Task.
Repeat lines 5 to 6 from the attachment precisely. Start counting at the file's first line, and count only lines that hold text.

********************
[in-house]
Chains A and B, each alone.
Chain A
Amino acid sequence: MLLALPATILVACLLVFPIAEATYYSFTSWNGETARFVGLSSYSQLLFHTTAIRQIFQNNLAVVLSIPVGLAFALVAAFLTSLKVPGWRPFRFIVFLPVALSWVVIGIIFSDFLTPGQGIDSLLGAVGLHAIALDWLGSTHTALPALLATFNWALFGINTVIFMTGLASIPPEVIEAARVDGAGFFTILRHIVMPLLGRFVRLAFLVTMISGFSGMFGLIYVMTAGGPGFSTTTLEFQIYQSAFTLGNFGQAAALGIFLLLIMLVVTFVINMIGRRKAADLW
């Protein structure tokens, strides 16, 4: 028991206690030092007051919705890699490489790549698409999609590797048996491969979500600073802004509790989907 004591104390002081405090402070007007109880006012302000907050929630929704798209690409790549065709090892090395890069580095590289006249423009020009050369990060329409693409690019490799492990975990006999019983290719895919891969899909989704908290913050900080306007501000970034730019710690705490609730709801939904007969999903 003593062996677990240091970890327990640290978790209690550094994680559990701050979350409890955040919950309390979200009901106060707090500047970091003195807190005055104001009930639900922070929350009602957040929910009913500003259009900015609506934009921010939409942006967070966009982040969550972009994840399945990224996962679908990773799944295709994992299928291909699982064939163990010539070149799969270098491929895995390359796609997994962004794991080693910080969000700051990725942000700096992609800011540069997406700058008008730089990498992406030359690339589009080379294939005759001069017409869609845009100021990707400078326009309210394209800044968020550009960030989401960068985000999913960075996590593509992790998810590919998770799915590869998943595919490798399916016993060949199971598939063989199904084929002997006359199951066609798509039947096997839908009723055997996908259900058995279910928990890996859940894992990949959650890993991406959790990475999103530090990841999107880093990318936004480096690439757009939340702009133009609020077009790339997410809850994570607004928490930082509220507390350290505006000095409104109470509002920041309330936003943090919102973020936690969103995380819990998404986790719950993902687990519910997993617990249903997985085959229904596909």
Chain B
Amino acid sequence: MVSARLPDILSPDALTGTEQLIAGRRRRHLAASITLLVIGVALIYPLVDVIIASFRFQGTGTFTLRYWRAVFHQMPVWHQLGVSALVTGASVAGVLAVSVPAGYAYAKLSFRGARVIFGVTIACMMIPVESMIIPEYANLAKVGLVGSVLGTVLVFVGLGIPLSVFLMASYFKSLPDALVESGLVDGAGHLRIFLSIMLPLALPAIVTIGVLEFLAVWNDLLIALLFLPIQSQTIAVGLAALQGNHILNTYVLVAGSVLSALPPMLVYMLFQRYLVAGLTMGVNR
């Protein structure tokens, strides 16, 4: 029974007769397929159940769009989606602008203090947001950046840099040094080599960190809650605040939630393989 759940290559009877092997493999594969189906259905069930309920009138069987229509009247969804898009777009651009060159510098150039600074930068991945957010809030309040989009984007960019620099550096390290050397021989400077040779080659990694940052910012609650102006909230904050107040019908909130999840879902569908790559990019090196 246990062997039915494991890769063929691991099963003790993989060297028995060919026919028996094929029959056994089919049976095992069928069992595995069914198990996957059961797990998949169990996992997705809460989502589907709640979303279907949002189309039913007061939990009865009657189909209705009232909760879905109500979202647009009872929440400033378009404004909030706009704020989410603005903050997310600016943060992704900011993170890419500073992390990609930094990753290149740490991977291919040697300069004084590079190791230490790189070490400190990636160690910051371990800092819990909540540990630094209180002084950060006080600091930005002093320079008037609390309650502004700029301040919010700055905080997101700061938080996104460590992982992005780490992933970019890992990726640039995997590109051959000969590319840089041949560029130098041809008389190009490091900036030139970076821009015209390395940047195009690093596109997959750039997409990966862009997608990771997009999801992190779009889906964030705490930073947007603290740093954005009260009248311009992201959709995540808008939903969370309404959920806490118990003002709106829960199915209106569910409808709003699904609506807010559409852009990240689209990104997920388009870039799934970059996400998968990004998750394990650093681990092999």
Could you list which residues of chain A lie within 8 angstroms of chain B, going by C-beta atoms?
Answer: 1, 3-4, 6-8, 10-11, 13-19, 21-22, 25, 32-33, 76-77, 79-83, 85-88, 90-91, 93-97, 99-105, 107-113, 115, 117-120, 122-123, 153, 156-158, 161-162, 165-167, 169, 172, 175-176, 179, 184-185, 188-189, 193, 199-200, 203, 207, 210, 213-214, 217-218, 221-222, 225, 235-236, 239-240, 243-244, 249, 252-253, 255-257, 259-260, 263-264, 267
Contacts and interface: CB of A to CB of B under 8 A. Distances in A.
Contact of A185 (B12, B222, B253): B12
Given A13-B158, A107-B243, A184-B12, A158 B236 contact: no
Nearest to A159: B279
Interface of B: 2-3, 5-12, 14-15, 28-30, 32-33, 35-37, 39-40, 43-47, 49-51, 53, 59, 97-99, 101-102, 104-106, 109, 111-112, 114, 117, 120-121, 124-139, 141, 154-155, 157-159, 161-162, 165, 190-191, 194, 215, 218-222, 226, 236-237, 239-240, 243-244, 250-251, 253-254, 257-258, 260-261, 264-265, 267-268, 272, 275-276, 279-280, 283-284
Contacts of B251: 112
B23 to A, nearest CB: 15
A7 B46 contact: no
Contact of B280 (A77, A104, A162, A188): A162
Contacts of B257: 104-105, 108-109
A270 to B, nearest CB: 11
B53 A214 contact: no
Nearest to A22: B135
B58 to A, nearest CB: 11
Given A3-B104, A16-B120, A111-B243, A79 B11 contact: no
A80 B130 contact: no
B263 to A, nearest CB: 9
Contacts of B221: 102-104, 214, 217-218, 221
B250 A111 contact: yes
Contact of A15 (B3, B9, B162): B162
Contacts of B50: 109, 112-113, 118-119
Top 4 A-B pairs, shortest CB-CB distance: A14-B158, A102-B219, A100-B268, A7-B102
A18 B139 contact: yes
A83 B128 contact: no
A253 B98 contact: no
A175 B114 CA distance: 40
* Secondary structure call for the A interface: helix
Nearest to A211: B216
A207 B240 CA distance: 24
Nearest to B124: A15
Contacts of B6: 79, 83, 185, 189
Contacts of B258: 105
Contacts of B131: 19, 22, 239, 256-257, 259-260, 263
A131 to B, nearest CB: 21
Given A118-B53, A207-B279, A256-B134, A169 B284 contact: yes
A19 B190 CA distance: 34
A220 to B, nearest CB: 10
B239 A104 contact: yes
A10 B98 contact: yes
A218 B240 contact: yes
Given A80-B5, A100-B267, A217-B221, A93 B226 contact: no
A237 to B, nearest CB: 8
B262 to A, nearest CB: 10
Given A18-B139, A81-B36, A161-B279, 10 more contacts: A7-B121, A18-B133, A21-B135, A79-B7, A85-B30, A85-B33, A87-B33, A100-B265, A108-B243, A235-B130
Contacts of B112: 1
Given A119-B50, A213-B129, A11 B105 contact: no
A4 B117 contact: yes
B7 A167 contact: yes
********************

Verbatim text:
């Protein structure tokens, strides 16, 4: 028991206690030092007051919705890699490489790549698409999609590797048996491969979500600073802004509790989907 004591104390002081405090402070007007109880006012302000907050929630929704798209690409790549065709090892090395890069580095590289006249423009020009050369990060329409693409690019490799492990975990006999019983290719895919891969899909989704908290913050900080306007501000970034730019710690705490609730709801939904007969999903 003593062996677990240091970890327990640290978790209690550094994680559990701050979350409890955040919950309390979200009901106060707090500047970091003195807190005055104001009930639900922070929350009602957040929910009913500003259009900015609506934009921010939409942006967070966009982040969550972009994840399945990224996962679908990773799944295709994992299928291909699982064939163990010539070149799969270098491929895995390359796609997994962004794991080693910080969000700051990725942000700096992609800011540069997406700058008008730089990498992406030359690339589009080379294939005759001069017409869609845009100021990707400078326009309210394209800044968020550009960030989401960068985000999913960075996590593509992790998810590919998770799915590869998943595919490798399916016993060949199971598939063989199904084929002997006359199951066609798509039947096997839908009723055997996908259900058995279910928990890996859940894992990949959650890993991406959790990475999103530090990841999107880093990318936004480096690439757009939340702009133009609020077009790339997410809850994570607004928490930082509220507390350290505006000095409104109470509002920041309330936003943090919102973020936690969103995380819990998404986790719950993902687990519910997993617990249903997985085959229904596909």
Chain B